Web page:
The next book added to my shelf was the Backyard Bird Feeder’s Bible. I read that the chickadee is pretty bold and can be tamed to land in your hand. So I tried it. And it worked. And for a few weeks, every day, I would sit on my porch and my little black and white companion would land in my palm to grab the luscious meal worms I was offering.
It gave me comfort because it was a cousin to the Black Capped Chickadee, the state bird of Massachusetts, which I knew because I’d had to memorize that fact in grade school. And thus began what has become a true joy and passion – birding!! Click here to check out the Bird page on Frittata for more feathered friend photos!
Decade of Decadence
Eventually I found another boy and spent the next decade making the best of what life in New Orleans offers until that, too, ran it’s course. In other words, I ate a shit ton of food. And I drank a shit ton of booze. In fact, most of my good memories of life in Louisiana revolve pretty much entirely around either birds or food (yes, I eventually made some great friends but we were always eating and drinking).
My favorite food festival is Greek Fest which takes place every Memorial Day weekend. Let me tell you – the Greeks and the New Orleanians totally understand how to put on a massive food festival (also the Germans – see my Oktoberfest video at the end).
I am also somewhat famous for my tour of local hot dog stands across Louisiana and Mississippi.
There is a special place in my heart for a Louisiana crawfish boil. It’s where I fit in. It’s where I felt like I belonged. Celebratory food gatherings in Louisiana had been a challenge for me. These people eat seafood on Thanksgiving! They put oysters in their stuffing! I was horrified. I’m a New England girl through and through. I nearly cried the first time I survived a N’Awlins Thanksgiving meal that had no turkey or mashed potatoes at all.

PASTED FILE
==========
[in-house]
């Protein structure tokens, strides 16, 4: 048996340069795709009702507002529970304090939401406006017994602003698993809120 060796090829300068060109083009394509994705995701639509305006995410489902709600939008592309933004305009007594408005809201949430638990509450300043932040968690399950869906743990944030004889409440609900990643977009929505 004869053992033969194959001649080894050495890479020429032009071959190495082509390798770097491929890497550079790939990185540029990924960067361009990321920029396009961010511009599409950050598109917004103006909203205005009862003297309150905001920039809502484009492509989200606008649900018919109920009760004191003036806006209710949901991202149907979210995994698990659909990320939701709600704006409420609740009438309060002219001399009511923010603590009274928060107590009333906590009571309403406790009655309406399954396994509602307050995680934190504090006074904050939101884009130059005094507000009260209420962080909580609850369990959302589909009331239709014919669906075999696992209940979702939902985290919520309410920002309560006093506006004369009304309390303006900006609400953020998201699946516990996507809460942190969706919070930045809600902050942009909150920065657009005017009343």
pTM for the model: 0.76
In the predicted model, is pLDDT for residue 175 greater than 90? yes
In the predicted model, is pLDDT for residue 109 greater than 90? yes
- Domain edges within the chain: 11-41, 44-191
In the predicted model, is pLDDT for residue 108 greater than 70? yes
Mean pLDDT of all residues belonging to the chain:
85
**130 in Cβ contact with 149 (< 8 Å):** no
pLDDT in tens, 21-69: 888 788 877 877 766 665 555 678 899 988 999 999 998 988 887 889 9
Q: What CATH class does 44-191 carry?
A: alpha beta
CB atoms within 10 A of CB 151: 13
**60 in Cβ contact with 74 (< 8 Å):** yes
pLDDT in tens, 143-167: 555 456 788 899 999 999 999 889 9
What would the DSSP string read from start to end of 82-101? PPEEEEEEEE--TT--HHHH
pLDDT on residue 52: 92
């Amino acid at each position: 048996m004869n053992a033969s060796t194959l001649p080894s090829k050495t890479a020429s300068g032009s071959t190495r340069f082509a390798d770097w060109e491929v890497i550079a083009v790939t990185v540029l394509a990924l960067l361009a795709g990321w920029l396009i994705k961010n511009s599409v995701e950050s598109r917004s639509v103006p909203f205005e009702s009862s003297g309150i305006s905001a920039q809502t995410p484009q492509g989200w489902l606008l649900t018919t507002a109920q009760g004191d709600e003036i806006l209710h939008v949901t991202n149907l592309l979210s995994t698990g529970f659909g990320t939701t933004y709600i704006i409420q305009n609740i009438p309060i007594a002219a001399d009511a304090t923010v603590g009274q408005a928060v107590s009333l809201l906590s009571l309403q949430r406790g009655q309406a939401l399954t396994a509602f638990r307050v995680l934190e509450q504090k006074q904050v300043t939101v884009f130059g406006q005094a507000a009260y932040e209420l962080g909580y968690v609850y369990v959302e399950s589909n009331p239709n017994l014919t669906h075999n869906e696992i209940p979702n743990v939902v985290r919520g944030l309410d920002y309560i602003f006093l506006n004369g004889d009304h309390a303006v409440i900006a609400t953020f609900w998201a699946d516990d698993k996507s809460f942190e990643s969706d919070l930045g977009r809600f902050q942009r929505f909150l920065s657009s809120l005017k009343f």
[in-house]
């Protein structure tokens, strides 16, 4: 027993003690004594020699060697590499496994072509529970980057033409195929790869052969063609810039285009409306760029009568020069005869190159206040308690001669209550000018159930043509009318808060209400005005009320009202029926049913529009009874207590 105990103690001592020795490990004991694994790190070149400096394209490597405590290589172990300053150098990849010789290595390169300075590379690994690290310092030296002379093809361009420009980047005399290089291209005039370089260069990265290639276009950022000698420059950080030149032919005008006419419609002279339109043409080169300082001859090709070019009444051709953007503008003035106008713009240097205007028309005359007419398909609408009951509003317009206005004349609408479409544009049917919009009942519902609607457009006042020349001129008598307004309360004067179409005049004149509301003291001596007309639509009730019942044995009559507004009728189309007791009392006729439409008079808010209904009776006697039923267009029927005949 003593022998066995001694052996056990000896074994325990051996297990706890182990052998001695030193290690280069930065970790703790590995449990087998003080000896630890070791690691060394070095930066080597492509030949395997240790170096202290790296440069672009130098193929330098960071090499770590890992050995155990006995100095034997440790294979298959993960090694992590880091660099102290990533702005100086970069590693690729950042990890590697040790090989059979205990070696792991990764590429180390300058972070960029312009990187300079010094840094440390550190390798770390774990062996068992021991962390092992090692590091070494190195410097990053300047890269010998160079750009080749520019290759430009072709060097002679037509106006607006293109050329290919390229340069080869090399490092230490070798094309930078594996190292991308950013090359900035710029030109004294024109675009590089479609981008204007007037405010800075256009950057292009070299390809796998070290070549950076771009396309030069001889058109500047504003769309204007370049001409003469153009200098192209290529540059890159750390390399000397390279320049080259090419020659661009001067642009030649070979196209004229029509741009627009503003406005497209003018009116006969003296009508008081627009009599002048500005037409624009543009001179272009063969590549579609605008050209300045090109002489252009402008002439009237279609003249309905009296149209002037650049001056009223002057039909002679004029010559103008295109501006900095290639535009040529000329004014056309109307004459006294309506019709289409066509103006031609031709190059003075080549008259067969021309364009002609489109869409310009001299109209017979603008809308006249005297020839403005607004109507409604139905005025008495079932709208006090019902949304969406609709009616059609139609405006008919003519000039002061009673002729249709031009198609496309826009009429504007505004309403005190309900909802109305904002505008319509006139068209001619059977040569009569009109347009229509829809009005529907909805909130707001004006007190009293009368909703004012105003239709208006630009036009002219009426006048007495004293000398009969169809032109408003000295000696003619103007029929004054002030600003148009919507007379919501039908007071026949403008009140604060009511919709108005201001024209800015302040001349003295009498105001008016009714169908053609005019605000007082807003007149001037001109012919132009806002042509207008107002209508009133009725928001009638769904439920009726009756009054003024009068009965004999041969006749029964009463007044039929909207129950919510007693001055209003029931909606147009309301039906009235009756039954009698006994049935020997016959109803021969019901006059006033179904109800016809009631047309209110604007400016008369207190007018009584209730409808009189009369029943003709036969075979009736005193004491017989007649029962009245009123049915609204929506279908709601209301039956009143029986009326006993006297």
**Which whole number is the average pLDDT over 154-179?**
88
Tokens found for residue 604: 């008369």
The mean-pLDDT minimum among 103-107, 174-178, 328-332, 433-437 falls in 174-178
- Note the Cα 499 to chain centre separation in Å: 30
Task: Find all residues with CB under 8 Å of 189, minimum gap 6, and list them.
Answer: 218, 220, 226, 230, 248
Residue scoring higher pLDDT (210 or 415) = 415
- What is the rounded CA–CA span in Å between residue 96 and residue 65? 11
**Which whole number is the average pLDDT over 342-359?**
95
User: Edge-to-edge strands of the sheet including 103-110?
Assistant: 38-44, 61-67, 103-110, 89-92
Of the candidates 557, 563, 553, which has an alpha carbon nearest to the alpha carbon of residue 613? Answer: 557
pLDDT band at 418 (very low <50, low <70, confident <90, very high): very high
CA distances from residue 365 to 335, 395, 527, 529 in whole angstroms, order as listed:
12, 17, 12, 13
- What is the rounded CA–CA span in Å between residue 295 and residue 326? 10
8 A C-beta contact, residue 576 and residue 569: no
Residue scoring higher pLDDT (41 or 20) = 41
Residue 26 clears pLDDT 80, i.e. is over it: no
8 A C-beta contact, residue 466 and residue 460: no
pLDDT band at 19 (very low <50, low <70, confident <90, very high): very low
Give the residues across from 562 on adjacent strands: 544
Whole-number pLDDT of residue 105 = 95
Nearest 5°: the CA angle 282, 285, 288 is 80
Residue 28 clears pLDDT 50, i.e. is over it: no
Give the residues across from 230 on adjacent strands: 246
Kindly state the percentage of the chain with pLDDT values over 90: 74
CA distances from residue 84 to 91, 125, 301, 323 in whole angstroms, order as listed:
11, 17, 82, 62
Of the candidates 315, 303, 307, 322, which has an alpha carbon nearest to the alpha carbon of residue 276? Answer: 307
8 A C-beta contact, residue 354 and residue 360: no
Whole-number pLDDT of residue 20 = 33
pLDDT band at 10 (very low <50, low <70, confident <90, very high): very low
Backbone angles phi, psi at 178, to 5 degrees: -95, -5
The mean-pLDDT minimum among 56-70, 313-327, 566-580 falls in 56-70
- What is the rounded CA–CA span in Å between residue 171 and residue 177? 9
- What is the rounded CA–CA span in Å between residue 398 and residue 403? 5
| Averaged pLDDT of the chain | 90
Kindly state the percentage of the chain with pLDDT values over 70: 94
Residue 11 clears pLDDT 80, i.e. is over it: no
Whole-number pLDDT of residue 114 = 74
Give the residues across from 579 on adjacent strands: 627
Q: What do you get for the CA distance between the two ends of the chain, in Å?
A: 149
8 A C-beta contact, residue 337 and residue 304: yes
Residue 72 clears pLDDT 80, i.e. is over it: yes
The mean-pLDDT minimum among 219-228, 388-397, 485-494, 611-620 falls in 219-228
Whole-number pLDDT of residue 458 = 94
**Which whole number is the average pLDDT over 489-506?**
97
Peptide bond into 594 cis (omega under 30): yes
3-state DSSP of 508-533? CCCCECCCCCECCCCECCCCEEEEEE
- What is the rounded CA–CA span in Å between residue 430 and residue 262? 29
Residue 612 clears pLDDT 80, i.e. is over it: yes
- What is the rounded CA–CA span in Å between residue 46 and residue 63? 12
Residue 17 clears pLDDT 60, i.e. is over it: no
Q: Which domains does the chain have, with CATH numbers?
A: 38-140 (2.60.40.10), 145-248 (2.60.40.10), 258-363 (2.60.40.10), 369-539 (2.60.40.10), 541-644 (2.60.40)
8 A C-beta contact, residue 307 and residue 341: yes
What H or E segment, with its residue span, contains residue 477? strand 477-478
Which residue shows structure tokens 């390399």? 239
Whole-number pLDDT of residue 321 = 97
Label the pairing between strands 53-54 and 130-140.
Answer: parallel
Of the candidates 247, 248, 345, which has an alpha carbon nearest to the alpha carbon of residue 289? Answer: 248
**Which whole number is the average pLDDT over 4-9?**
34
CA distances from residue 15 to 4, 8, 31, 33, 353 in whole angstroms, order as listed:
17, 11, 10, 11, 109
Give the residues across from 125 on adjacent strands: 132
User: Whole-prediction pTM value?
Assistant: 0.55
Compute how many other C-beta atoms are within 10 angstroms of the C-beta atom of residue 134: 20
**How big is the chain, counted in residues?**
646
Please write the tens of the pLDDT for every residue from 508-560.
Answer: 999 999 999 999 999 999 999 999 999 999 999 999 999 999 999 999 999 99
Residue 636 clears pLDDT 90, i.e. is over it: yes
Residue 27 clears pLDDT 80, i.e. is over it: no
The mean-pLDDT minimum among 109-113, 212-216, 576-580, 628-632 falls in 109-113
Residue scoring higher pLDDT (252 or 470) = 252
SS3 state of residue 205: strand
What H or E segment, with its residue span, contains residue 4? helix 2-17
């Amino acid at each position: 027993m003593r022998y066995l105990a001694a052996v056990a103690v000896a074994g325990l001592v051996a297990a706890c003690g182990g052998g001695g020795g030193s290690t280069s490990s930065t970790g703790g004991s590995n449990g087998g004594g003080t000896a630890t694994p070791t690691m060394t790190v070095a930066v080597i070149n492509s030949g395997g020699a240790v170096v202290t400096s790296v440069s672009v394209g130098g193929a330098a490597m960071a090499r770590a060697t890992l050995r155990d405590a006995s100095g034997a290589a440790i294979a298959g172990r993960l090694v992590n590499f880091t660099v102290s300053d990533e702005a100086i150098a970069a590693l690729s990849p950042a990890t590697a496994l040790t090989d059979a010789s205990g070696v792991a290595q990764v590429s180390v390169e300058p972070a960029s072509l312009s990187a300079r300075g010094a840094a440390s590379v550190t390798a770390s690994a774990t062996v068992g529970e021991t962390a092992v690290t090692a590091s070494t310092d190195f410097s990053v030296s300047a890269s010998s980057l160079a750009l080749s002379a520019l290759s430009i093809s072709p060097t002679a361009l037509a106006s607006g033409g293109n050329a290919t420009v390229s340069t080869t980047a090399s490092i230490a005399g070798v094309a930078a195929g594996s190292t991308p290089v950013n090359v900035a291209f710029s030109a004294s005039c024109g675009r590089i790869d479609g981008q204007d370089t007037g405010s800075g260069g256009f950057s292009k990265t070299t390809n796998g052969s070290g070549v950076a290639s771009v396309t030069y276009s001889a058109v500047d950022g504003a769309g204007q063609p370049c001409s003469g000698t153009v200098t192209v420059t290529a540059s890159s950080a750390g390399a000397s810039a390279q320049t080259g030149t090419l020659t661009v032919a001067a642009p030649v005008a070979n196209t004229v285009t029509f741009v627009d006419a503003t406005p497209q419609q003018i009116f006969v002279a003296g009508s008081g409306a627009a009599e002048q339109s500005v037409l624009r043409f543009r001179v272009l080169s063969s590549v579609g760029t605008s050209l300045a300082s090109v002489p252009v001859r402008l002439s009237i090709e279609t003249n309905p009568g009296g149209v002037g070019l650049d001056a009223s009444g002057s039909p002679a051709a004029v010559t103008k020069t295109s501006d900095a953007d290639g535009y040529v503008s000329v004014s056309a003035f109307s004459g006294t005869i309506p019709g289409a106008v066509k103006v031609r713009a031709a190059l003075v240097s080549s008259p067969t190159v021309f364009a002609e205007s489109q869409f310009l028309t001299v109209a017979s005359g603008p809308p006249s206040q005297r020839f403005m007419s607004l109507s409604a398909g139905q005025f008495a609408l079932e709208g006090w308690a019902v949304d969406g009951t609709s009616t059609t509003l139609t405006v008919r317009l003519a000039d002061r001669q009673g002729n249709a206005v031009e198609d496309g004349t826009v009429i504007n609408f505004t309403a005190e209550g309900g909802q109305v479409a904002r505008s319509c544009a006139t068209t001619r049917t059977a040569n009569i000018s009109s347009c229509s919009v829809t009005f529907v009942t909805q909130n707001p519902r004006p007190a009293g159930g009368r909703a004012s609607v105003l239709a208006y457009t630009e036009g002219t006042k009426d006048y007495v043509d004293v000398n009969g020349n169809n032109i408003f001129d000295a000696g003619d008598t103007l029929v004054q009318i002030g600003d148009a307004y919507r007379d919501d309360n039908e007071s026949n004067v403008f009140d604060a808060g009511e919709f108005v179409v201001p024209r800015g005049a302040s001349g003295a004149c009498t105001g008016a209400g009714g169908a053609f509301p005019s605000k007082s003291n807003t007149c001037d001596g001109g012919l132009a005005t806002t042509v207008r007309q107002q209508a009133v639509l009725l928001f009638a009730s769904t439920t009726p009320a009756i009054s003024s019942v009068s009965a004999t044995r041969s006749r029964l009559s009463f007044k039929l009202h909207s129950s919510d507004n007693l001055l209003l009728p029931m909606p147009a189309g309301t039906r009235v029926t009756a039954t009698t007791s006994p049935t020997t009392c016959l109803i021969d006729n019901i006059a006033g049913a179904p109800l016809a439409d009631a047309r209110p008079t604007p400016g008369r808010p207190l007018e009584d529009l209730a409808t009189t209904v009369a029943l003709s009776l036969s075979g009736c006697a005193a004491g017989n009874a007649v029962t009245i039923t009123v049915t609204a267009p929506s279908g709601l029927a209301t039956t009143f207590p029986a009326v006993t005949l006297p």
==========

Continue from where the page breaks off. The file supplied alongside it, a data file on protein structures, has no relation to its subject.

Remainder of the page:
But crawfish made sense to me! They looked like little lobsters! Finally I recognized something on my plate. And there was cold beer. Camaraderie. Hours of grazing. More cold beer. Long, hot (sweaty) afternoons. Days of garlic breath. For the record, my step son Will is unquestioningly the absolute best boil master. I drool whenever I see pictures of crawfish on Facebook.
Time To Geaux
After nearly 20 years in New Orleans, I, like Katrina, had outstayed my welcome. It was time to move on. Louisiana threw me quite a going away party hosted by a girl named Ida who showed up 16 years to the day after that other bitch. Consequently, I hope that my extensive knowledge of how to operate and maintain a gas powered generator is NEVER needed again. This time, I was prepared. Not only did I evacuate to higher ground, I had the proper evacuation supplies – wine, gourmet meats and cheeses, sushi and whipped cream.
I survived Ida. After that I put my house on the market and sold pretty much everything I own. I did not leave like the poem that says “leave nothing but footprints”. I left my shit all over that state.
I had lived in 6 different places during my 20 years in New Orleans. In general, I am not a pack rat. That said, I am still reeling at how much stuff (clothes and shoes) one woman can accumulate. As a result I did a cleanse to get the voodoo out of my system and rid myself of nearly every possession I owned.
My wake is a trail of Frittata crumbs in the form of the various women who are wearing fabulous dresses and shoes that carry my spirit. (Matter of fact – If you check out this link, you might even find some last minute $5 deals from my fabulous closet!) Homes that bear my artwork. Bird feeders that nourish my feathered Louisiana friends. Books with inscriptions from me that readers haven’t found yet. Pots that have proper turkey residue baked in that are now used to cook seafood dressing at Thanksgiving and making gumbo the next day.
The Awakening Begins
So I’m burning the sage sticks now and cleansing my soul of the muddy waters of the mighty Mississippi. As this chapter closes another begins. Follow Frittata because it’s about to get real.
Louisiana: Au revoir mon ami, laissez bon temps rouler!